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What's with the name?

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Oh Really?

Academia Declares Twilight‘s Edward Cullen a “Starter Vampire”


Those of us who have always been into vampires have thought that the vampires from the Twilight series just aren’t authentic enough for us to take them seriously. Come on, vampires who abstain from biting humans and walk around in daylight? Imposters! Phonies! But now, academics are saying that we should consider the sparkle-vamps to be “starter vampires for beginners,” an introduction to real, actual vampires. This is a really nice way of saying that we still don’t have to take the Twilight vampires that seriously. Thank you, scholars!

Dr. Thomas Garza teaches vampire lore at the University of Texas (which sounds like an amazingly fun way to collect a paycheck) and admits that while Edward Cullen and his teetotaling ilk are certainly non-threatening and atypical of everything we know about vampires, they have been a positive means of introducing young fans to the mythology of vampires. Because let’s be honest — vampires are not for the faint of heart. Because they are horror characters. Always have been, always will be. But rather than scare the crap out of everyone, the Twilight vampires are giving young fans (or, more accurately, adolescent girls) the story of vampires without being overtly graphic or sexual. Says Dr. Garza:

“He’s pretty, yes, so the seduction’s there, but he’s more than reluctant to act on his and Bella’s sexual desires. He can go out in daylight — and even ‘sparkles’ in the sun, giving him a completely non-threatening character. He drives a Volvo, for goodness sake.”

So when they’re finally old enough to crack open Bram Stoker‘s Dracula, they won’t be all that surprised to find out that vampires are ruthless predators. (Like Jerry in Fright Night. Not a nice fellow, once you get to know him.)

This is a darling theory, the idea of a “vampire for beginners,” but is it fair to the noble, bloody history of the vampire that they must be toned down for people who can’t handle reading about them? If you can’t take the heat, get out of the kitchen, wimps! Even Harry Potter had evil vampires! What’s the starter version of Freddy Kreuger? This lady? Psssssssht …

(Digital Spy)

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  • http://pulse.yahoo.com/_VWK4DS3REDE3C7F26WZQ6G4QLM Kristy Olson

    Ahhhhhhh! For the LAST TIME academics, Twilight is a continuation in the evolution of vampires that simultaneously encapsulate a time period’s feelings about both money (the Marxist read) and sex (the Freudian read). Why people are obsessed with putting Twilight down critically, I just don’t understand, unless it springs from the ongoing need to call some books good and other books bad, which is the most useless endeavor in the entire tradition of literary theory. It doesn’t MATTER if the book is good or bad. It matters what we can learn from it, and in some cases, we can learn something valuable from even trashy pop fiction. (I’m looking at you, Horatio Alger!)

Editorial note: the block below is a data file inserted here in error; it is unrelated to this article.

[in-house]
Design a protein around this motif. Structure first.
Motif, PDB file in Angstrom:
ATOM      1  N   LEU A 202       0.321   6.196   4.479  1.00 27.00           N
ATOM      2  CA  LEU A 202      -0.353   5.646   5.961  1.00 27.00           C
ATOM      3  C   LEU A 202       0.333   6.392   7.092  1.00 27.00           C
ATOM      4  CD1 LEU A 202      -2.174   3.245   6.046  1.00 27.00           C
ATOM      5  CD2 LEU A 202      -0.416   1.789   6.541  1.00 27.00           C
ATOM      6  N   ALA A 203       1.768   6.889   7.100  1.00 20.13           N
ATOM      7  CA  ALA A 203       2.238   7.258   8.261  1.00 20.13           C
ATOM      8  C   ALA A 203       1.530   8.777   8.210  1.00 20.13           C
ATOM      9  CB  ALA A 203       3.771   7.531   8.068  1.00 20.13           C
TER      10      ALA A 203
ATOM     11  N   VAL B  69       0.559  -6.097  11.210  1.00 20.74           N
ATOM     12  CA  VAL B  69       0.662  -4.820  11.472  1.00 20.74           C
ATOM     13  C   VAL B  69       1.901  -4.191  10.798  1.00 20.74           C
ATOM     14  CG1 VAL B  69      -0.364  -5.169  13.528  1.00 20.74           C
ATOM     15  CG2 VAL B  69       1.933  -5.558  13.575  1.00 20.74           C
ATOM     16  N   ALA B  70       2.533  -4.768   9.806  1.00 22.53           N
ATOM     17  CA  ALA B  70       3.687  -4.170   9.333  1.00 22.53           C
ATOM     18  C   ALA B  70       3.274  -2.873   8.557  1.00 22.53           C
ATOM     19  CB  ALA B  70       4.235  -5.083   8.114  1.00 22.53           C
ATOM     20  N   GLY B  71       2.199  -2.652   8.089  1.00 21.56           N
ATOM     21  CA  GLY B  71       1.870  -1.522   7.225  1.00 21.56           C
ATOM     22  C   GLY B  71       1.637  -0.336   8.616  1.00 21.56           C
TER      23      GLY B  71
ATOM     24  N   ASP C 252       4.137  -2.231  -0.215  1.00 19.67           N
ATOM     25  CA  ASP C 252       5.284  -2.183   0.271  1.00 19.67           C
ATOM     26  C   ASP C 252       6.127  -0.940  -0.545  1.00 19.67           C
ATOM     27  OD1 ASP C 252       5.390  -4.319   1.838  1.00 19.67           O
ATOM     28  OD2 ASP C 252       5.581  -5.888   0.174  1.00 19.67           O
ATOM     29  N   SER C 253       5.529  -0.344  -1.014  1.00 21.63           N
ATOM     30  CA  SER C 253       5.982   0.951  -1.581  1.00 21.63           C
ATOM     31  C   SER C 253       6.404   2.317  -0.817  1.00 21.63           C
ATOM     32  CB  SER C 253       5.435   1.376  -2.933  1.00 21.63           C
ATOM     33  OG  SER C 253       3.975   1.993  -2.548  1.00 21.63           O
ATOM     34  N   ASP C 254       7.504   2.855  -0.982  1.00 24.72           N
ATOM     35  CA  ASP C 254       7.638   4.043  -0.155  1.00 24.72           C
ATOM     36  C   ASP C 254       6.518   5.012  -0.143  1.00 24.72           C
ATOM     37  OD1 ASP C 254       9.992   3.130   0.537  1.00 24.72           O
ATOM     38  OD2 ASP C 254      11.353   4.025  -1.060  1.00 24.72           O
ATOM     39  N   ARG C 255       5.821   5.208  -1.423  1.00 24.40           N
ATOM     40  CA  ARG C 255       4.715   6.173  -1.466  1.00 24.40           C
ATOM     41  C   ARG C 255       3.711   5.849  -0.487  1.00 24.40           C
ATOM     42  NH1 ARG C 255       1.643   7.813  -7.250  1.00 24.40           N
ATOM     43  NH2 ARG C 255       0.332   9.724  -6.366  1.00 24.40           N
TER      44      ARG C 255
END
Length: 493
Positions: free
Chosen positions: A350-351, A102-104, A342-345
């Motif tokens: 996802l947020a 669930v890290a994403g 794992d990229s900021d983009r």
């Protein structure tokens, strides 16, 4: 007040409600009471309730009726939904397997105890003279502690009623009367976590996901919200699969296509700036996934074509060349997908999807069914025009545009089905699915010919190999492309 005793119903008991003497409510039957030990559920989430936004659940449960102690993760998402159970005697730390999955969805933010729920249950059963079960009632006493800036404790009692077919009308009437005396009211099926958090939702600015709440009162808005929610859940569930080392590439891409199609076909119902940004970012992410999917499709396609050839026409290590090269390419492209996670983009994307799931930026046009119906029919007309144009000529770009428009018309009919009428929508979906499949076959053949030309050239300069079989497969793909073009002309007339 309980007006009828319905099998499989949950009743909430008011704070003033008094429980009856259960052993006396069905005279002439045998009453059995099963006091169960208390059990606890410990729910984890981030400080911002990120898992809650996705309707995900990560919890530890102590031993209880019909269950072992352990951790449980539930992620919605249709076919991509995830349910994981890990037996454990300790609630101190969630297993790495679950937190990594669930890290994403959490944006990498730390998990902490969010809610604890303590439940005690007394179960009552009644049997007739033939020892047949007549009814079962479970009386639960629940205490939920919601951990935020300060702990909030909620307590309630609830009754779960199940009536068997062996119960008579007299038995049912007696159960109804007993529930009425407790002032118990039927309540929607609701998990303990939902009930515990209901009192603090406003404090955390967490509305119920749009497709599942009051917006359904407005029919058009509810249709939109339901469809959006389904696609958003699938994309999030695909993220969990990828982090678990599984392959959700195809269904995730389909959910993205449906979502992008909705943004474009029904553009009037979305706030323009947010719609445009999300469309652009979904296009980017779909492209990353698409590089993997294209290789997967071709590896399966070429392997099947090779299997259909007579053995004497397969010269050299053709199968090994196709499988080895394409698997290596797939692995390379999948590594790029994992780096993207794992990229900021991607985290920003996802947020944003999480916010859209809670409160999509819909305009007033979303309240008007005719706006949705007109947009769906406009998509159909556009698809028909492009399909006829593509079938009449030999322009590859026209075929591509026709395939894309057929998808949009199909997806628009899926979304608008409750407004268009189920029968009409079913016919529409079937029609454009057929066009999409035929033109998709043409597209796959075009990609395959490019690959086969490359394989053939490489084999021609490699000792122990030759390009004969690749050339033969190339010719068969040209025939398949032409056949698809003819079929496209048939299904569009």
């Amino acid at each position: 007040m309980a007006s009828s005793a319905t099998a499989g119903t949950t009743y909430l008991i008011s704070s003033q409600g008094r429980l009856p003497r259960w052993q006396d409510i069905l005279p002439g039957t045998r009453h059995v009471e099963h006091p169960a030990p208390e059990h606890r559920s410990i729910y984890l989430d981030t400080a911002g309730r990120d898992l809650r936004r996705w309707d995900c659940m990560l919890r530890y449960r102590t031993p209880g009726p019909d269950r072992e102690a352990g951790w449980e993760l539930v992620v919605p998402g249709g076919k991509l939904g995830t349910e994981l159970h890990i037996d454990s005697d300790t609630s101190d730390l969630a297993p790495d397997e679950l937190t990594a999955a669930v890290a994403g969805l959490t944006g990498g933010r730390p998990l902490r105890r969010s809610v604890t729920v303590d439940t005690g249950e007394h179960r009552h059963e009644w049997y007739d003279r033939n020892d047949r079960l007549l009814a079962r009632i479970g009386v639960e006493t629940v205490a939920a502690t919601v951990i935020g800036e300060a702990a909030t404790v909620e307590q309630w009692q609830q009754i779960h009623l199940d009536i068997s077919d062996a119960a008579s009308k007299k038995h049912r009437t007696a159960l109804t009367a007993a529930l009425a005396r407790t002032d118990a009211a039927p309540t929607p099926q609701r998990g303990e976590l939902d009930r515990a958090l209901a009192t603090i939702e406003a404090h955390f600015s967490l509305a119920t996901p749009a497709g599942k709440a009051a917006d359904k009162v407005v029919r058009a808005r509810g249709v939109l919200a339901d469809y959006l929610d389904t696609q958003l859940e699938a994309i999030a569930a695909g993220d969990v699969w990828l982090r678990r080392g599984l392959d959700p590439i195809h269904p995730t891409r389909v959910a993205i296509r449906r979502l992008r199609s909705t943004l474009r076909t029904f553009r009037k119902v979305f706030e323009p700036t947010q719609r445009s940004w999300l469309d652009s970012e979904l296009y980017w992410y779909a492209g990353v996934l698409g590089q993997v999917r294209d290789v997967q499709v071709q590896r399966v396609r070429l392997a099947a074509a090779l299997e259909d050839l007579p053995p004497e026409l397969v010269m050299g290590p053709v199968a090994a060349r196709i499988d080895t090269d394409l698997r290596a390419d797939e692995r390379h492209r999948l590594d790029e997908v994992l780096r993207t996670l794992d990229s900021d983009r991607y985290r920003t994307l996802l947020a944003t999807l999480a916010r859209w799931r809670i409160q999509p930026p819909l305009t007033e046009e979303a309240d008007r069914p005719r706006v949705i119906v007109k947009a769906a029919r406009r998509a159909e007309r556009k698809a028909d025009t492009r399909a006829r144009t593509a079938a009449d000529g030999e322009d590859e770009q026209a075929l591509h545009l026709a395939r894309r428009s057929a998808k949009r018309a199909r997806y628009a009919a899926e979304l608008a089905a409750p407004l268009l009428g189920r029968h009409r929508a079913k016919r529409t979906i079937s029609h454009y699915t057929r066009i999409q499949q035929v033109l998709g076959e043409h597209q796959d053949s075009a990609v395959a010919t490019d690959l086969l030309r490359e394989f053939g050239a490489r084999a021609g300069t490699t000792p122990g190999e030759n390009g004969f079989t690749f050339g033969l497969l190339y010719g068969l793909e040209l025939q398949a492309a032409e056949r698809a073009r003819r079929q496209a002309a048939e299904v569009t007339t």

• Julianne McCartney

    twilight is boring…..so boring….

  • http://twitter.com/acidragdoll Bel

     Why people are obsessed with putting Twilight down

    ‘Cause it’s for teen girls and that means it’s gross.

  • http://twitter.com/acidragdoll Bel

    There were a whole lot of vampires that filled the in-between from Dracula to Twilight… Edward Cullen’s sparkles, if you ask me, aren’t nearly as out of left-field as people say.  The concept of “good vampires” has been around for a while, “pretty vampires” even longer, and “romantic vampires,” well… I think they’ve pretty much always been that way.

  • http://twitter.com/sithkittie essie

    Nobody I know who likes Twilight likes anything else with vampires in it or is even interested.  They just think Twilight is hot… or something…  My vote goes with she really should have just gone with fairies over vampires.  I might have been able to be okay with fairies… but probably not.  I just wouldn’t feel the need to roll my eyes whenever anybody mentions it.

  • http://www.facebook.com/1shewolf JoAnna Luffman

    Some of us enjoy our Paranormal Romance – our Keynon, our Hamilton, and yes, Twilight is a bit of a guilty pleasure of mine. Yes, I know, it’s drivel. I still like it. 

  • Edwin Perello

    What a load of crap this is. We keep coddling kids as if they’re incapable of adapting to the rigors of reality (untrue) fast enough to the point where we’re, excuse my French, pussyfying them. Now we have to coddle them when it comes to vampires? Hell no. All this will do is forever change the next generation’s understanding of horror, for the worst.

    Someone should sue Stephenie Meyer for falsification of vampire mythology.

  • http://pulse.yahoo.com/_7G4SWUX2MCWWXLMYNN347JMIZY Frodo Baggins

    Using “pussy” as a slur is a bad idea on a feminist blog. Surely there’s another term you could have applied?

  • http://pulse.yahoo.com/_7G4SWUX2MCWWXLMYNN347JMIZY Frodo Baggins

    Sure, you can learn things by reading crap. But given the amount of literature out there with rich, complex characters, elegant prose, and spectacular insights, why settle?

  • http://pulse.yahoo.com/_7G4SWUX2MCWWXLMYNN347JMIZY Frodo Baggins

    What bothers me about the sparkles is it removes the most interesting part of vampires: their weakness. The no-daylight clause makes vampire story so much more complicated: the precautions they must take, the promise of temporary protection. And without that, the Twilight vampires are simply perfect. They have no achilles heel, they make no sacrifice by changing. There’s no reason Bella WOULDN’T want to become one. Edward’s nattering about his cursed half-life is never remotely convincing. And that makes them extremely boring as a concept.